Neshoba County School District students get board school buses after the district's first day of school on Wednesday, August 5, 2020. Credit: Eric J. Shelton/Mississippi Today

The latest surge of COVID-19 cases in Mississippi, caused by the Delta variant, is also hitting the state’s younger population, increasing concerns over the return to schools next month. 

State Health Officer Dr. Thomas Dobbs tweeted Tuesday that 7 minors have been hospitalized due to Delta infections in Mississippi, and 2 of them are now on ventilators. The earlier strains of COVID-19 were much less transmissible and did not infect children to the extent seen with the Delta variant.

Over the past three weeks, the number of confirmed Delta cases in Mississippi has increased nearly sevenfold, up from 29 to 231. Those 231 cases only represent a small surveillance sample though, so it is undoubtedly only a small fraction of the Delta infections in the state.

During an interview on SuperTalk Radio’s Gallo Show on Monday, Dobbs predicted that infections in younger people will cause a large wave of infections and negatively impact school district plans to reopen fully with in-person instruction. 

“It’s going to be disruptive,” Dobbs said. “I think Delta’s going to take its toll on having a successful, vibrant school year because kids are going to have to be quarantined, they’re going to have to be isolated. We’re going to have outbreaks and all that kind of stuff.”

What those outbreaks look like will be dependent on virus circulation in a school district’s surrounding community and individual districts’ policies on mask wearing and social distancing, since no requirements will be coming at the state level. 

“Governor Reeves has no intention of requiring students or staff to wear masks when they’re in school this Fall,” Reeves’ press secretary, Bailey Martin, said in an email to WLBT this week.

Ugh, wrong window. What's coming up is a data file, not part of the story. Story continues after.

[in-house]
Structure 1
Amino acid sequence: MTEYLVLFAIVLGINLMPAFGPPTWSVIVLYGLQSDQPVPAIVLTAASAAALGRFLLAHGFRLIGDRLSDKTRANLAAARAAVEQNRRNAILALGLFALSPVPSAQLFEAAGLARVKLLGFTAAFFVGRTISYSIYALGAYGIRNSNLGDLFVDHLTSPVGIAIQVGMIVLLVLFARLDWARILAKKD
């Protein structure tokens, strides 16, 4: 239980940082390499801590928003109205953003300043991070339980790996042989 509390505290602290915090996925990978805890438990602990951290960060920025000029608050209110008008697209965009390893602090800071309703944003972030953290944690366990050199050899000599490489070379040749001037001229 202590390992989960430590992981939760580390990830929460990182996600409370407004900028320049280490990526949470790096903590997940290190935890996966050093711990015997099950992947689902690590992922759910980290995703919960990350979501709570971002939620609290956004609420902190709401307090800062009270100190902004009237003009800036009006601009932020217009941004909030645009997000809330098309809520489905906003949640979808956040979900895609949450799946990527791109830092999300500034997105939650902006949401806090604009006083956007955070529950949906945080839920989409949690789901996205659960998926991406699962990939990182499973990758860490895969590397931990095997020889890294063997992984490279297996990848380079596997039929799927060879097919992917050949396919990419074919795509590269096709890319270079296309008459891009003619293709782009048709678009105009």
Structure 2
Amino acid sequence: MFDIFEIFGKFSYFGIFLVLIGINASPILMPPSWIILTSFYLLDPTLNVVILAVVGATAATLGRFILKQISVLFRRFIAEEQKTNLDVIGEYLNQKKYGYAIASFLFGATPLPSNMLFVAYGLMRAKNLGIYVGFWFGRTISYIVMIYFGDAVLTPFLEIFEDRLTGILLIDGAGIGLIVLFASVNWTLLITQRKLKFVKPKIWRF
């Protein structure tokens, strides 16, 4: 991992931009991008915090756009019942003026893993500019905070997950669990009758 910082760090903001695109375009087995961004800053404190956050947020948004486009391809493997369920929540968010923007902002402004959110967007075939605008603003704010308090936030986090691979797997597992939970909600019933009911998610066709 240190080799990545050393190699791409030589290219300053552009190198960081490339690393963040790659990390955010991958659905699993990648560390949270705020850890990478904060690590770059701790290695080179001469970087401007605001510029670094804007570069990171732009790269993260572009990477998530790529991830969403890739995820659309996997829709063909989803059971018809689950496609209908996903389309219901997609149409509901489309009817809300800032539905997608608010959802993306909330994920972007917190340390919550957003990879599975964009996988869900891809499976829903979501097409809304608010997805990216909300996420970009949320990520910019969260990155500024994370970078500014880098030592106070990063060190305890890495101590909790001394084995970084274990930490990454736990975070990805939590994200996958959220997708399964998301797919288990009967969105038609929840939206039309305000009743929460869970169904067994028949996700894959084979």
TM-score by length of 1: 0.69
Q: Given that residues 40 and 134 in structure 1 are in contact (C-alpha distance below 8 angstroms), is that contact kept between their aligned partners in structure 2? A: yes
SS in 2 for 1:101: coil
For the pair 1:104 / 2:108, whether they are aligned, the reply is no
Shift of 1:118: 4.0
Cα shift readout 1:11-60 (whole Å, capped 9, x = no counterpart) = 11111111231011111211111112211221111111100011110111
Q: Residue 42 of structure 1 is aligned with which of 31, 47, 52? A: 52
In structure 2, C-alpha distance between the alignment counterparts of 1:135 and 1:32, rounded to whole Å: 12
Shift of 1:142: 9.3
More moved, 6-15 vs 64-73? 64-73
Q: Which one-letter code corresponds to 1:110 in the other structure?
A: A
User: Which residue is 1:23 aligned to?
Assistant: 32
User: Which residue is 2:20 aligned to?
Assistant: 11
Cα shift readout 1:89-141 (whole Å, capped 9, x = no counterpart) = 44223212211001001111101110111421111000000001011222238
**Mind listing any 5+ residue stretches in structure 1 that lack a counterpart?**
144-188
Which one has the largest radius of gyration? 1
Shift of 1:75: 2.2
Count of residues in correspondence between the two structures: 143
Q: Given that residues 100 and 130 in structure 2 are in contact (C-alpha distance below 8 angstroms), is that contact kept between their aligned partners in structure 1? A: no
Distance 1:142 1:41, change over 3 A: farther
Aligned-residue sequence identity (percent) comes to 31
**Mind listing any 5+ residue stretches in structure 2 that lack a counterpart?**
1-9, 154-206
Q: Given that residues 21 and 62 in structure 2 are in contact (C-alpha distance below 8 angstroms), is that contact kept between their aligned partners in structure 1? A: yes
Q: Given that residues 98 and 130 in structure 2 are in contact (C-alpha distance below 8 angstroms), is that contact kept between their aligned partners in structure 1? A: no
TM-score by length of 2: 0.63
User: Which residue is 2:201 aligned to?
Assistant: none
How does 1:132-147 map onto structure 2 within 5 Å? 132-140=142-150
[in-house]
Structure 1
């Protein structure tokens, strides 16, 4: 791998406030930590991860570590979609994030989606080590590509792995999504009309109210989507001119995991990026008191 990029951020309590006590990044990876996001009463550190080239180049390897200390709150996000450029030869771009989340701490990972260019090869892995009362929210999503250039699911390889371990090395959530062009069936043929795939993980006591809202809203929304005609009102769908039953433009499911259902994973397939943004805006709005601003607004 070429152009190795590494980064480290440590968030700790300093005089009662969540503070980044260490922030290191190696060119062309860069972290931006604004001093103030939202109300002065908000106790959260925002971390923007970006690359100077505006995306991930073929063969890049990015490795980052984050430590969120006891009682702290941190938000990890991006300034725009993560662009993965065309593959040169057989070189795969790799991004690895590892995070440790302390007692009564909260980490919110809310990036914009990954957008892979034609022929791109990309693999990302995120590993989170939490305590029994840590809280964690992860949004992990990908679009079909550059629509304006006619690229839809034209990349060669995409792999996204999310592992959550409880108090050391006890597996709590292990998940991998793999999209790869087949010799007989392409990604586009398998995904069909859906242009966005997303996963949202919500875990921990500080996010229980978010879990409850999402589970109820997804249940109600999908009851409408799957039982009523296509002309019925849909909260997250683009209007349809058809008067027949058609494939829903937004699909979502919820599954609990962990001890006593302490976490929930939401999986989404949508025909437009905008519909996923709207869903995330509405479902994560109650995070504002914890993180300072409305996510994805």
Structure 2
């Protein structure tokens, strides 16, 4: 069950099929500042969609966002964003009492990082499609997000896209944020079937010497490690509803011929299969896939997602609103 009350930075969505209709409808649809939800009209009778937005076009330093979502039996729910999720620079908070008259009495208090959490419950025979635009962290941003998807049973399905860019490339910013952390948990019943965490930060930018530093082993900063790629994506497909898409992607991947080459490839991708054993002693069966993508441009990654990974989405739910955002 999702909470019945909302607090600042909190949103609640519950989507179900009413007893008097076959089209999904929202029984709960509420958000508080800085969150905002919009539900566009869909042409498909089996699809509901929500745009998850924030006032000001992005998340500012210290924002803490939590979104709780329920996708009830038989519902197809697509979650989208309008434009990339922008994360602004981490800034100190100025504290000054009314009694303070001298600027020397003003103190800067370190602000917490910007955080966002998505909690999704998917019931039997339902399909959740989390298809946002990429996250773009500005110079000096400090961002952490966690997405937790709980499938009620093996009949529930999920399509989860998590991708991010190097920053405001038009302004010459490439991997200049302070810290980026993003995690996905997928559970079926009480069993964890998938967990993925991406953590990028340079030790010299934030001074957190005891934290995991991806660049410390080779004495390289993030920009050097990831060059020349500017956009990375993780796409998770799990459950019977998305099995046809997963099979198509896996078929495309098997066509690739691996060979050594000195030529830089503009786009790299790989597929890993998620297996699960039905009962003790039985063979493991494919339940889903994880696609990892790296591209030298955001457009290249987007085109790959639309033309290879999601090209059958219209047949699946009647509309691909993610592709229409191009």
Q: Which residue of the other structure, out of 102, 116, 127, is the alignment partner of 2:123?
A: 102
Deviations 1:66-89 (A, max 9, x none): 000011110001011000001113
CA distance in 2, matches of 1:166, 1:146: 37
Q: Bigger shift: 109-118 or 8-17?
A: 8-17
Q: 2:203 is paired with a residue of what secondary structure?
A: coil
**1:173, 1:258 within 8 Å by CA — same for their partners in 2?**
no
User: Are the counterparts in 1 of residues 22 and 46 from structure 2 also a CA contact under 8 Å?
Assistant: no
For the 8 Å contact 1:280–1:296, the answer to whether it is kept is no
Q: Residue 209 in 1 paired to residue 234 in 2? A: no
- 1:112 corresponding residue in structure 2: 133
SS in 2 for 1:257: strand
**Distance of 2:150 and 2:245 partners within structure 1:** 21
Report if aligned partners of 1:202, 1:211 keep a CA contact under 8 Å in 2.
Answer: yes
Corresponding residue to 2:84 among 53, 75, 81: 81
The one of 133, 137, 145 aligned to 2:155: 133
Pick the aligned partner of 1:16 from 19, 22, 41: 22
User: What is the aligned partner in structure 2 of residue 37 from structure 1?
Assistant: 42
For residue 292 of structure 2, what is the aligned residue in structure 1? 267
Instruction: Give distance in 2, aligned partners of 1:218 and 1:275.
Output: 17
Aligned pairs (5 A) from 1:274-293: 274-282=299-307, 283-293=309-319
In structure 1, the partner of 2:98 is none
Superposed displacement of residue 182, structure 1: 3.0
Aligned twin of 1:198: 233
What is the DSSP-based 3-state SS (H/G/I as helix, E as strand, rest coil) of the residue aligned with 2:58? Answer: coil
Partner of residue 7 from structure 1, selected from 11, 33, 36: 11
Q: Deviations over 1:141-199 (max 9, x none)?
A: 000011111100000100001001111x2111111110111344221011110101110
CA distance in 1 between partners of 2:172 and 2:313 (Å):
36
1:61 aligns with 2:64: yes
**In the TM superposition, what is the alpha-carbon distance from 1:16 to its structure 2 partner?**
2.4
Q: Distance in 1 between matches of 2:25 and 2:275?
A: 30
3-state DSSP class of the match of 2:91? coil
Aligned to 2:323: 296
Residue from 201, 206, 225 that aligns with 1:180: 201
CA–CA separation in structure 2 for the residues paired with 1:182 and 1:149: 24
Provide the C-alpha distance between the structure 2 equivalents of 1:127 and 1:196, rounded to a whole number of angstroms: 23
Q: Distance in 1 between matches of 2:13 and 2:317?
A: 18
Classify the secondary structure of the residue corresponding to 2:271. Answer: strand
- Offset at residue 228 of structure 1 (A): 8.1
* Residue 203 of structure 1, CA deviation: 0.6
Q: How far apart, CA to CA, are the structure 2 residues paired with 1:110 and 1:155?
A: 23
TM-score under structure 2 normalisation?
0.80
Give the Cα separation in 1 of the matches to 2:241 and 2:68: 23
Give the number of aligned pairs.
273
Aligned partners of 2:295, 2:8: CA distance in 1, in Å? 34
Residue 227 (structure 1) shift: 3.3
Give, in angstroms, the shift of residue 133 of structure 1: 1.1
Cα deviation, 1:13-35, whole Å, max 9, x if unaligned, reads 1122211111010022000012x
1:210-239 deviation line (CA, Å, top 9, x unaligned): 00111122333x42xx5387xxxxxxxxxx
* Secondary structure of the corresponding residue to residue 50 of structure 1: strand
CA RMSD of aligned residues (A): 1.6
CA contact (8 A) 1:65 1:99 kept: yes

The Centers for Disease Control and Prevention released new guidance on Friday, urging schools to fully reopen in the fall, naming safe in-person instruction as a priority. The agency said all people who are not fully vaccinated should wear masks while inside school buildings, and classrooms should maintain a physical distance between students of at least three feet. However, they also said that schools should forgo the distance recommendation if it would prevent them from reopening fully and instead rely on other prevention strategies. 

State Epidemiologist Dr. Paul Byers said on July 9 that MSDH will release Mississippi-specific components to back to school guidance, which will include recommended mask wearing for unvaccinated teachers and students. 

The differences between individual school districts’ approaches to limiting virus spread can already be seen in their back to school plans. Masks will be required in all Jackson Public Schools, for example, but Clinton and Madison County schools will start the fall semester off with masks being optional. 

The vast majority of minors in Mississippi are not currently vaccinated. According to MSDH, only 6% of 12-15 year-olds are fully vaccinated, and only 13% of 16-17 year-olds are. Despite the wide availability of vaccines and the risks posed by variants, Mississippi continues to rank last in the nation in the share of its population that has been vaccinated. With over 2 million shots administered, only 31% of Mississippians have been fully vaccinated.

A component of MSDH’s plan to increase the number of inoculated minors is making vaccinations available in schools. Every Mississippi school district has the option to partner with a vaccine provider to give shots on-site, though it is unclear how many will utilize the opportunity.

 “We hope that they all take advantage of it,” Dobbs said. 

New recommendations released by MSDH last week in response to the Delta surge urge all people 12 and older to get vaccinated. Dobbs has said that the risk for severe outcomes among infected minors is small, but is still present, and there is a much larger risk that they will spread the virus to someone more vulnerable. 

“Most (infected minors) are not going to be hospitalized. There will be some severe illnesses, and we’ll probably sadly see some more deaths in young folks, but it’s not that common,” Dobbs said. 

The surge of Delta infections Mississippi is experiencing is already hitting hospitals and ICUs. While hospitalizations are nowhere near their February peak, the increase in recent weeks has been sharp. Between June 26 and July 10, hospitalizations increased 128%, from 97 to 222. The number of COVID-19 patients in ICUs has increased 155% over the past week, from 33 to 84. 

Dobbs said that the increase in hospital and ICU admissions is straining the hospital systems in parts of the state, like Jackson and Hattiesburg, that have seen non-COVID procedures fill up their ICUs.

“There’s not a lot of slack in the system,” Dobbs said. 


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Will Stribling covers healthcare and breaking news for Mississippi Today.